10 Tips to Prevent Heart Disease And Stroke

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Cardiovascular disease is the major cause of death in America, accounting for 34 percent of deaths, many suddenly and almost all of them premature. If you have diabetes, your risk rises even higher—dramatically. You have an increased risk of heart disease if you are a man over age 45 or a woman over age 55. You also are at greater risk if you have a close family member who had heart disease at an early age.

Yet, in spite of all the negative statistics about heart disease, the good news is that these numbers can be reversed. By making a concerted effort to monitor your blood pressure, to watch your weight, to stop smoking and to get regular exercise, along with a few more simple steps, you can be well on your way to having a healthy heart and a decreased risk of serious problems.

10 important ways you can lower your risk of heart disease and stroke

Catanese

James W. Catanese, MD, FACC

There are many things you can do reduce your chances of developing heart disease. At Westchester Health, here are our top 10:

  1. Take responsibility for your health

At Westchester Health, we tell all our patients that the best prevention against heart disease and stroke is to understand the risks, warning signs and treatment options. The first step in preventing heart disease is to take responsibility for your health.

  1. Know your risks

The biggest risk factor for cardiovascular disease is age. The older you are, the greater your risk. The second biggest risk factor is your genetic make-up. If your parents, grandparents or other close relatives experienced or died of heart disease, diabetes or stroke, your risk is much greater.

  1. Don’t smoke or expose yourself to second-hand smoke

The evidence is overwhelming that cigarette smoking and second-hand exposure to smoke increases the risks of heart disease, lung disease, peripheral vascular disease and stroke. If you smoke, stop. If you don’t smoke, don’t start.

  1. Maintain a healthy blood pressure

High blood pressure (hypertension) is commonly known as “the silent killer” because it typically has no symptoms in most individuals. High blood pressure does damage to your heart by causing wear and tear of the delicate inner lining of your blood vessels. The higher your blood pressure (BP), the greater your risk of heart disease. Heredity and increasing age put you at greater risk. If you can, get an in-home blood pressure measuring device, which will more accurately determine your true blood pressure at rest than having it taken in a physician’s office.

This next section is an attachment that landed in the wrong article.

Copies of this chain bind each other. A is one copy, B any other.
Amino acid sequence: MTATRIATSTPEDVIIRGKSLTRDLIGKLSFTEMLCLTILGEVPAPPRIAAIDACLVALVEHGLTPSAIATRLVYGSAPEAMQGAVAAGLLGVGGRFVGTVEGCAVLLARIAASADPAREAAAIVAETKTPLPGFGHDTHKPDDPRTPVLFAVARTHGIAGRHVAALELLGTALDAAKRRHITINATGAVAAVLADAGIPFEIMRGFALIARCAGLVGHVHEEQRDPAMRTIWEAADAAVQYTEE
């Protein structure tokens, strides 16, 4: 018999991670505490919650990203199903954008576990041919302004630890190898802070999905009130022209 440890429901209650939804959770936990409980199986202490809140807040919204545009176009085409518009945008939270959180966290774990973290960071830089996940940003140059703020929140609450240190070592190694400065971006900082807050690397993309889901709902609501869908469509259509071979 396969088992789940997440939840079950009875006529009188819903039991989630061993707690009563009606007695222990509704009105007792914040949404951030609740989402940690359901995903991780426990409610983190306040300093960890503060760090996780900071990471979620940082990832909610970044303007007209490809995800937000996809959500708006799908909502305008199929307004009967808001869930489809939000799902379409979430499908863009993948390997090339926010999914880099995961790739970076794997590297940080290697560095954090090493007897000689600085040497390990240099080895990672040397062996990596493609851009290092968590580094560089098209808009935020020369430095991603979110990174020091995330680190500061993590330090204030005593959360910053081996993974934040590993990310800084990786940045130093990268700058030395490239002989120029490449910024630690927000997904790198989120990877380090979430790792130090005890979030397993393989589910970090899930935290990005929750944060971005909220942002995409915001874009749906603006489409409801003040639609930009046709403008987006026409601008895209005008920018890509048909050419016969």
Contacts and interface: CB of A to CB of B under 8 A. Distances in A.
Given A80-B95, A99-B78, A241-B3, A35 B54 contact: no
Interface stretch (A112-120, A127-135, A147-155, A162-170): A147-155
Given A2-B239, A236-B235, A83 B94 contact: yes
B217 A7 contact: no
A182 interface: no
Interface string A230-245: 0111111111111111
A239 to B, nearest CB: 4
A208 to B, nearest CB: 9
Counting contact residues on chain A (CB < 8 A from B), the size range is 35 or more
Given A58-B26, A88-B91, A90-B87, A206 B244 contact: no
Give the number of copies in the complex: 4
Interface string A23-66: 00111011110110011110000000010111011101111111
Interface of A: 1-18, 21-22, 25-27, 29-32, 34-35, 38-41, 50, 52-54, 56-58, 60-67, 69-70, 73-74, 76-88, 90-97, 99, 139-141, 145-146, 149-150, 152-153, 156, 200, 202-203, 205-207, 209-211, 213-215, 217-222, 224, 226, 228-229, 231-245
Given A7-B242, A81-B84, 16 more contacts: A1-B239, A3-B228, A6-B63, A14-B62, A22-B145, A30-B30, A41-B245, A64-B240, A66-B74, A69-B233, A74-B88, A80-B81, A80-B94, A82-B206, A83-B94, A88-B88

1. Monitor your cholesterol (blood lipids)

Abnormal or high blood lipids (fats) are a major contributor to cardiovascular disease. Your blood lipids include the LDL (bad cholesterol), HDL (good cholesterol) and triglycerides. The lower your LDL and the higher your HDL, the better your prognosis. The amount of cholesterol in your blood is determined mainly by three factors: the amount produced by the liver, the amount absorbed from the intestinal tract and your age (your cholesterol increases with age). If you are at risk, medication and/or a change in diet are almost always necessary to lower the LDL or to raise your HDL.

  1. Limit your calories

The obesity rate in Americans is alarming, contributing to a widely-considered epidemic of diabetes, which is a cardiovascular disease. If you have diabetes, your risk is the same as someone who has already had a heart attack. Eating less and exercising more are the two most effective, tried-and-true solutions.

  1. Make exercise a daily habit

Lack of exercise is greatly contributing to the prevalence of obesity in America, but is something that can be easily turned around. Exercise does more than burn calories—it also activates genes that are beneficial to your health in other ways. Plus, exercise is one of the best treatments for depression and anxiety. However, exercise alone cannot control or reduce a person’s weight; they must also modify their diet.

  1. Choose your medications wisely

Although some vitamins have been shown to possibly help some health conditions, to date none have been shown to decrease the risk of cardiovascular disease, with some rare exceptions, such as fish oils and niacin (vitamin B). It is also important to note that high doses of some vitamins may interfere or counteract the beneficial effects of some prescription drugs.

  1. Reduce stress

Stress contributes to cardiovascular disease and, if severe enough, can cause a heart attack or sudden death. There are many ways to reduce stress, such as regular exercise, adequate sleep, laughing, volunteering, gardening, having a pet, playing an instrument, mentoring others and cultivating friends. Find what relieves your stress and commit to doing this activity at least once a day if possible.

  1. Stay informed: Science changes constantly

In medicine, new techniques and new insights are developing constantly. Keep yourself current with the latest advancements by regularly consulting accredited publications, journals and websites.

Do you think you might be at risk of heart disease? Come see us.

If you’re worried about your risk for heart disease, or want guidance about making changes in your lifestyle in order to prevent heart disease, please make an appointment with Westchester Health to see one of our specialists. We will perform tests and a physical examination to determine if you are in fact a likely candidate for a heart attack or stroke. If so, we will work closely with you to determine the best treatment plan to reverse the possibility of this serious health condition. We also may prescribe medication, if appropriate.

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By James W. Catanese, MD FACC, Chief of Cardiology, Northern Westchester Hospital, Westchester Health Cardiologist

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